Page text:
Shopping sustainably is more important than ever as the effects of climate change are worsening. Here are a few brands that are environmentally-friendly and produce their clothing ethically.
Eileen Fisher: Eileen Fisher is a great example of sustainability and style. They use plenty of organic natural fibers such as cotton and linen, and they use responsible wool (wool that can be traced back to exactly where it comes from. In addition Eileen Fisher is Fair Trade Certified, a certified B-Corp, a member of Social Accountability International since 1997, and all their factories follow SA8000 comprehensive workplace standards. Also, there is Eileen Fisher Renew which takes worn and used Eileen Fisher garments and mends, repairs, remakes, and resells those garments in an effort to create more of a closed-loop system. Eileen Fisher also offers inclusive sizing.
Patagonia: Patagonia has been a long-time leader in sustainability and creating environmentally-friendly products. They're one of the few brands of its size that has been very successful at being sustainable. Patagonia has a Worn Wear site where they take back used Patagonia items and repair and resell them. Plus, Worn Wear offers in-depth guides on how to properly care for Patagonia garments. 1% of their sales goes towards supporting environmental organizations and they donate grants of $2500 to $15,000 to hundreds of causes and grassroots organizations. On Patagonia’s website you can see all of their mills, factories, and farms - you can see what is produced at every location and you can read specific information about each location. Very few brands are as transparent as Patagonia. In addition, they are Fair Trade Certified and they keep tabs on what their factories pay their workers to ensure that they’re earning a minimum wage, and Patagonia is taking steps to ensure that their workers are paid not only a minimum wage, but a living wage. This is barely scratching the surface of what Patagonia does, and I encourage you to check out their website to see what other great things they’re doing.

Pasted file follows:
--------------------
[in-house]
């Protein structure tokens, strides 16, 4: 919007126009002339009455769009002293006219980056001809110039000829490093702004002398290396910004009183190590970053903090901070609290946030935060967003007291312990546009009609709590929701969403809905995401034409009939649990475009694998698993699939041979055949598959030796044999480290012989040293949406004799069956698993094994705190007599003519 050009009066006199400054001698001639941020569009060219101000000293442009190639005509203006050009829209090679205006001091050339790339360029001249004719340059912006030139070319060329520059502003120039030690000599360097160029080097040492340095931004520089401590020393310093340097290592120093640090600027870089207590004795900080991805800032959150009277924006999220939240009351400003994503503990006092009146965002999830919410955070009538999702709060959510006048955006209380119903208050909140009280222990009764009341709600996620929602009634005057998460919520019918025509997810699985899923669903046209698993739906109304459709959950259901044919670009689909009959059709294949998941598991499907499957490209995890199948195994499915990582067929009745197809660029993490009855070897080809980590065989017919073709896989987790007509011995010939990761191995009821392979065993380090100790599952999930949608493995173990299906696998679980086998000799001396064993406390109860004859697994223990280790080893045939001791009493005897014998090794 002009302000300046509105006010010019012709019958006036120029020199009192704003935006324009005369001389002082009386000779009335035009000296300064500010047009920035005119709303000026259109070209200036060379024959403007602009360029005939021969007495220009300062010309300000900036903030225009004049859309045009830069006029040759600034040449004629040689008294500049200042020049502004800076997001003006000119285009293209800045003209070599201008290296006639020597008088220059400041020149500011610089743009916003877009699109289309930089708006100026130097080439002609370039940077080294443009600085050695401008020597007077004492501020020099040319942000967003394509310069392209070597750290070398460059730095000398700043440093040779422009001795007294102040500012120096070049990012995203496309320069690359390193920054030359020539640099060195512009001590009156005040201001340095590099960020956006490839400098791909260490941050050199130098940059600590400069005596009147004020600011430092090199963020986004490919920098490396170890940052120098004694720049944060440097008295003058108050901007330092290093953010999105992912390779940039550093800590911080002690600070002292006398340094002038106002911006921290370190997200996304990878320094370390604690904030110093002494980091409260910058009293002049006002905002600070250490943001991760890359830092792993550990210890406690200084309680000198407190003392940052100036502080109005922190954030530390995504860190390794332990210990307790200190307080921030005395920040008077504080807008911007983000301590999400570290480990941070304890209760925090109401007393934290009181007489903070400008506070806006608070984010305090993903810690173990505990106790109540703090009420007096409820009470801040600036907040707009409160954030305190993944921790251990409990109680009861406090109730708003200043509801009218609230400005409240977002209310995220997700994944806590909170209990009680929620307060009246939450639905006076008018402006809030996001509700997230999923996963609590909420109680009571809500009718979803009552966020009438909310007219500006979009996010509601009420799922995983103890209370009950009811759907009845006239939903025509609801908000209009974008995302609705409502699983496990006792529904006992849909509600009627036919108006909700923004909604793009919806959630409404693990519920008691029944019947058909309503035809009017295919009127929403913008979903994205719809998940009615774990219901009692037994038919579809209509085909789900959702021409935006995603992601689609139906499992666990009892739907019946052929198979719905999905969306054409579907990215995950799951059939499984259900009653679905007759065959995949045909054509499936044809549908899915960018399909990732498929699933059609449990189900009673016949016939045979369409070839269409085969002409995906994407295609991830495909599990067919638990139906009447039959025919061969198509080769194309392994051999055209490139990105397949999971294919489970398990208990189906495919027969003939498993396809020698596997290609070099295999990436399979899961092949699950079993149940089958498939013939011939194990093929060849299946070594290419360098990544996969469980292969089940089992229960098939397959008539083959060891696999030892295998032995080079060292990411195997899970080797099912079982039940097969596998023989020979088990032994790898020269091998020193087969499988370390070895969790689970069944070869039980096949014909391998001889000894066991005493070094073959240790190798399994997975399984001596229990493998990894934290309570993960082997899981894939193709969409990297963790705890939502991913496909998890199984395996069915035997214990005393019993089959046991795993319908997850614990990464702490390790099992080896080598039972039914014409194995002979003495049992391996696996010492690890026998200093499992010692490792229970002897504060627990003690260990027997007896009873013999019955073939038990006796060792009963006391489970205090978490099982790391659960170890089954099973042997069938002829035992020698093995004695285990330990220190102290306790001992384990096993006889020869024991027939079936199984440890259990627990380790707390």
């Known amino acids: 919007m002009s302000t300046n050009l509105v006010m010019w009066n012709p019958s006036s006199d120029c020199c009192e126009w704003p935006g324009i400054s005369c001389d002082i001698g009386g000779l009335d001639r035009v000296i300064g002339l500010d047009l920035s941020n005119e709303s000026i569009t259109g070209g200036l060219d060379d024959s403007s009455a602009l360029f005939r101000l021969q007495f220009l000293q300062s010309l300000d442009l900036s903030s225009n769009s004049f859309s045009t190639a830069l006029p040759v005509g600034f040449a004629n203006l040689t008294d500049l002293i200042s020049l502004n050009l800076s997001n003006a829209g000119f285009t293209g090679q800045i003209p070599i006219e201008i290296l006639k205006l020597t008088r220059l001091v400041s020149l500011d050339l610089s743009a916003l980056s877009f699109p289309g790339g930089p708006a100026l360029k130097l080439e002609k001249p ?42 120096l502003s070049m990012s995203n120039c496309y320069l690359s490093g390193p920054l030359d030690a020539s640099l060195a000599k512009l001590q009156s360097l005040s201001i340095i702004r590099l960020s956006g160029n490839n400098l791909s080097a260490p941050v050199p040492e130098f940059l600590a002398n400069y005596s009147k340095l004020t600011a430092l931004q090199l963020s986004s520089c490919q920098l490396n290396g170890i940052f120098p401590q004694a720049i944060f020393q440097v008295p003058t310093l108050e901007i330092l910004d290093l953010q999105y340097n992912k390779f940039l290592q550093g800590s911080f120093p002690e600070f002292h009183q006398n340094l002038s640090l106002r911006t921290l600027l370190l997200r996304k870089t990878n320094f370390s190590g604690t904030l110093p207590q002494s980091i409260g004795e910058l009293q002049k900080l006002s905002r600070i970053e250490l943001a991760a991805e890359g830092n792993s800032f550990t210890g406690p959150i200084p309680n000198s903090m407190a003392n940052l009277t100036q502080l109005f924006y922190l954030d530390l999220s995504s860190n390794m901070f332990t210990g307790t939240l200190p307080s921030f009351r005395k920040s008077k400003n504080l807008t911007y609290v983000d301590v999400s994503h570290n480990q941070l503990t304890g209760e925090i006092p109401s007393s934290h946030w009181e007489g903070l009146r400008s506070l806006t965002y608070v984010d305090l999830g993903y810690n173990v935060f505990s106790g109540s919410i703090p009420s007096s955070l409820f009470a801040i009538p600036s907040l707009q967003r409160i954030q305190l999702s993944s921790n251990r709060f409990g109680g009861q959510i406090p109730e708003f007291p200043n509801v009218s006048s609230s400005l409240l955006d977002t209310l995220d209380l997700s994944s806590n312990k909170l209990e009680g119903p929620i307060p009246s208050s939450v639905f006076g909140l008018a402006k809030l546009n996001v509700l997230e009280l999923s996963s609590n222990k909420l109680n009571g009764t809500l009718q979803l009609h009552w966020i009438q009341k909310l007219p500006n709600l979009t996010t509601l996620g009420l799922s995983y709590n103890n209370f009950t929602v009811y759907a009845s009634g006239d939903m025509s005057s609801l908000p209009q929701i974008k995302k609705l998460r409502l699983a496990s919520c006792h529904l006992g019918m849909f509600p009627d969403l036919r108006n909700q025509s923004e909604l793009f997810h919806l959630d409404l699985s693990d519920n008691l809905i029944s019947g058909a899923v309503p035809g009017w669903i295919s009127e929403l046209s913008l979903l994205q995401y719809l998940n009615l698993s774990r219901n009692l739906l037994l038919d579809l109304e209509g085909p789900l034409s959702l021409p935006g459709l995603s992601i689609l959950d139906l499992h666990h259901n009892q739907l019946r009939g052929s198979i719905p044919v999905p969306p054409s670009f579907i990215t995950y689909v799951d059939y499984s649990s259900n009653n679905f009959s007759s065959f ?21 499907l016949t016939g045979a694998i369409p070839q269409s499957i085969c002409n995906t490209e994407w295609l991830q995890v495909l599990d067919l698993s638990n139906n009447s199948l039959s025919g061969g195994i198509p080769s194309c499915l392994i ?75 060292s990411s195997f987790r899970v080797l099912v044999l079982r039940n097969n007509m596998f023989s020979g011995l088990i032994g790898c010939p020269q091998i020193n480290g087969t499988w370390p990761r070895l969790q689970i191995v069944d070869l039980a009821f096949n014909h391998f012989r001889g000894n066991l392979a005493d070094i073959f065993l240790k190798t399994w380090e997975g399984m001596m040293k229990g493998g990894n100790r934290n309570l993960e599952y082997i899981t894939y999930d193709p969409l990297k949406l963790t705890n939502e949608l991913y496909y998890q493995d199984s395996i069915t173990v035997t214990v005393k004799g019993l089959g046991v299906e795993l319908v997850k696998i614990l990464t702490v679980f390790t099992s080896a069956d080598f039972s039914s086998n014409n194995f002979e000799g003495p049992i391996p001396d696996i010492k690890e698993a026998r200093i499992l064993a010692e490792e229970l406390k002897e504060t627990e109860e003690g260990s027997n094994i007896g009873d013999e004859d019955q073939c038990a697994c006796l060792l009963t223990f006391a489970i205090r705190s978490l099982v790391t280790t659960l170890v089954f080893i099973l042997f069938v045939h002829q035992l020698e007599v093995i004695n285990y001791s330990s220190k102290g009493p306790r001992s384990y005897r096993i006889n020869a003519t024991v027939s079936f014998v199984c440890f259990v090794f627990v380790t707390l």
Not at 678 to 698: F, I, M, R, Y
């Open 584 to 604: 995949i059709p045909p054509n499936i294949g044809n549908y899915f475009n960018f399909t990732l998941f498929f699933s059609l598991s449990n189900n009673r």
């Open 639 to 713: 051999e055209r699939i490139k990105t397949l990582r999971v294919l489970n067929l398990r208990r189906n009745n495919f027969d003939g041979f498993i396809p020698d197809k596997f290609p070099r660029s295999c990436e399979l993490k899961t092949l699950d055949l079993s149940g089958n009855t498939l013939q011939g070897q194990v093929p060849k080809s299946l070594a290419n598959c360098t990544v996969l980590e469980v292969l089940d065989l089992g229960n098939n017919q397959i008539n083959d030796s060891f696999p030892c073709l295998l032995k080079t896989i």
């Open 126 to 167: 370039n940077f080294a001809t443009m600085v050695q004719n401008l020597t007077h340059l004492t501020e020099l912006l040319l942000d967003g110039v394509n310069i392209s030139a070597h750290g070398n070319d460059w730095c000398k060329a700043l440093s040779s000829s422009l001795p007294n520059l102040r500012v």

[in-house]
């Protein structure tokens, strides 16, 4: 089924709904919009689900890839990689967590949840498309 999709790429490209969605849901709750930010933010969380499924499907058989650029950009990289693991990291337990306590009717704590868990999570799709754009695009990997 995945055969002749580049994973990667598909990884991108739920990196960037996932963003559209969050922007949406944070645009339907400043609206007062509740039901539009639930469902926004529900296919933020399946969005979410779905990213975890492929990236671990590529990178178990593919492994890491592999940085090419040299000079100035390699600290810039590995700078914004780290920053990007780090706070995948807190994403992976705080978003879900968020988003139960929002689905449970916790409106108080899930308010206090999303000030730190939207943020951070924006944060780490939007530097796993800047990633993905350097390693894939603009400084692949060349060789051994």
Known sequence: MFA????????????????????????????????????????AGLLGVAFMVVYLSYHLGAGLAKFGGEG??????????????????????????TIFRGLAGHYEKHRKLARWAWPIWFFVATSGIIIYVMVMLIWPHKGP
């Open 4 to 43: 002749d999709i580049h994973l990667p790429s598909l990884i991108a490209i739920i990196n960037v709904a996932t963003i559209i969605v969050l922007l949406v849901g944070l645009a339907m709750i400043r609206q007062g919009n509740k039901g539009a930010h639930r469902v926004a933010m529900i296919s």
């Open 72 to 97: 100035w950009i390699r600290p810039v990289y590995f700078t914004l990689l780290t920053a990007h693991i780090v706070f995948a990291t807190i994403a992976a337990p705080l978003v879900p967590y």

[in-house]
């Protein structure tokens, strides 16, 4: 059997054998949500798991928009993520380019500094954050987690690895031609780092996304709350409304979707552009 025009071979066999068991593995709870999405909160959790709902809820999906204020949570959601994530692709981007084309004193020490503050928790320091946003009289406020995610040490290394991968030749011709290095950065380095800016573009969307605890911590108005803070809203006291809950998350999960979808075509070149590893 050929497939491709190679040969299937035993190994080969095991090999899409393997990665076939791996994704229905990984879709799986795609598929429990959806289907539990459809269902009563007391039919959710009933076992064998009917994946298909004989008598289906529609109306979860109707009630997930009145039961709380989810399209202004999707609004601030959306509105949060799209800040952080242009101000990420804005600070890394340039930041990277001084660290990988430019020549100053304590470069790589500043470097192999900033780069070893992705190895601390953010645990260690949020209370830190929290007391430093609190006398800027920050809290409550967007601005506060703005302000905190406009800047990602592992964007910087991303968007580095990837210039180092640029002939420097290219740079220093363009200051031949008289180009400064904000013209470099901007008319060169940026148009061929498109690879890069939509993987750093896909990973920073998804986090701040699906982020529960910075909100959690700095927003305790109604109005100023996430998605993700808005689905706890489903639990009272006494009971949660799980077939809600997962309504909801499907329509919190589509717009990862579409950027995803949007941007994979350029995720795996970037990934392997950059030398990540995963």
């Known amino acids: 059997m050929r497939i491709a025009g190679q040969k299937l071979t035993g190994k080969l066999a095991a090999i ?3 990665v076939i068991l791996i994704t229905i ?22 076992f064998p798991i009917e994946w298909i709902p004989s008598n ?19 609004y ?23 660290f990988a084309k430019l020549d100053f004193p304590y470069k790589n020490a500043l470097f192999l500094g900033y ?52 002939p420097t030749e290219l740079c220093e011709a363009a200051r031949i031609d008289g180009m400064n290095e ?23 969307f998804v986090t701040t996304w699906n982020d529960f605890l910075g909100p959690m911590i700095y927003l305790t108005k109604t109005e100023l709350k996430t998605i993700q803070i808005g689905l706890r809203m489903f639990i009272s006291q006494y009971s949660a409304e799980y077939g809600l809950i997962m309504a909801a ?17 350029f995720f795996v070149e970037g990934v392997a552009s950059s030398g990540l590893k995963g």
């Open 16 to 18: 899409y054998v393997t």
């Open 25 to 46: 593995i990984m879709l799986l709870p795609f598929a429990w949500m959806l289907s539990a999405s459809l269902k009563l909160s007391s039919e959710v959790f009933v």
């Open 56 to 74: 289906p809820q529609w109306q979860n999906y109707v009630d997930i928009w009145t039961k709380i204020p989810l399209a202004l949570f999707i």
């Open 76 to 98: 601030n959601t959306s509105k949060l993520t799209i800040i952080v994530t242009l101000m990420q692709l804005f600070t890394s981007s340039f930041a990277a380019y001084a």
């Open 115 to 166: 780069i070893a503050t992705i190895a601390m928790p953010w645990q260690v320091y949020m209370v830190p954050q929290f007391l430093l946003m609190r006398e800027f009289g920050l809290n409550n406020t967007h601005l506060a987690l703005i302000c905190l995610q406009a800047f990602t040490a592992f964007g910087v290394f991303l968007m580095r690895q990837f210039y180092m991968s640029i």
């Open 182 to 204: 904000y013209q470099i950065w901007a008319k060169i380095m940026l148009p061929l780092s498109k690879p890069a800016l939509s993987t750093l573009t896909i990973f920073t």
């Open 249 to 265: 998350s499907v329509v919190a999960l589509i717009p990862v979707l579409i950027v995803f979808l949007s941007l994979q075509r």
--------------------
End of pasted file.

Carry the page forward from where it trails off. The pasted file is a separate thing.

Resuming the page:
Reformation: This brand creates quality, trendy clothing while still being sustainability-minded. Reformation releases quarterly sustainability reports and they have a “RefScale” that tracks their environmental impact - it tracks CO2 emissions, water usage, and generated waste, then calculates how Reformation’s products help reduce these impacts. A RefScale rating is given to every garment on their website.
Everlane: Everlane focuses on creating classic pieces that will last through many wears. They’re transparent about quite a bit of their manufacturing and sustainability efforts - from their factories to cost of labor to production methods. They also donate a portion of their Black Friday profits to better the lives of their factory workers.
People Tree: This brand creates trendy and quality clothing that is produced and sourced sustainably and ethically. They work with Fair Trade Cotton farmers and uses upwards of 80% organic cotton. In addition, People Tree uses Global Organic Certified Organic Cotton. People Tree also sources their wool from New Zealand which has an Animal Welfare Act which ensures that the animals are treated well. People Tree also is Fair Trade Certified and is accredited by the Soil Association.
Alternative Apparel: This brand focuses on quality basics and knitwear for men and women. 80% of their garments are made with sustainable materials and processes, and all their factories they contract with adhere to Fair Labor Association guidelines and workplace codes of conduct. Also, 88,000 pounds of organic cotton is used in place of standard cotton. In some of Alternative Apparel’s garments that include polyester, they use some that is recycled and made from post-consumer water bottles.
Thought Clothing: This brand creates women’s and men’s clothing that are meant to be worn for years, not just a season. Their mantra is “wear me, love me, mend me, pass me on.” Thought Clothing uses a lot of organic bamboo, hemp, cotton, and wool in their garments and they make each piece of each collection in the same place to reduce the environmental impact caused by shipping and transportation. In addition, they founded the Common Objective, which is a non-profit network that champions ethical production.
Prana: Prana is a brand that is Fair Trade Certified, uses organic cotton and hemp, and is well known for its athletic wear and knits. They also use recycled wool and responsible down in their garments. Prana was also the first North American apparel brand to be Fair Trade Certified.
EcoVibe Apparel: This brand is local to Portland, OR and has a store on Alberta Street. They use mainly sustainability-minded materials such as tencel, modal, bamboo, linen, cork, vegan leather, recycled polyester, rayon, and organic cotton. EcoVibe also donates 1% of their profits to 1% For the Planet.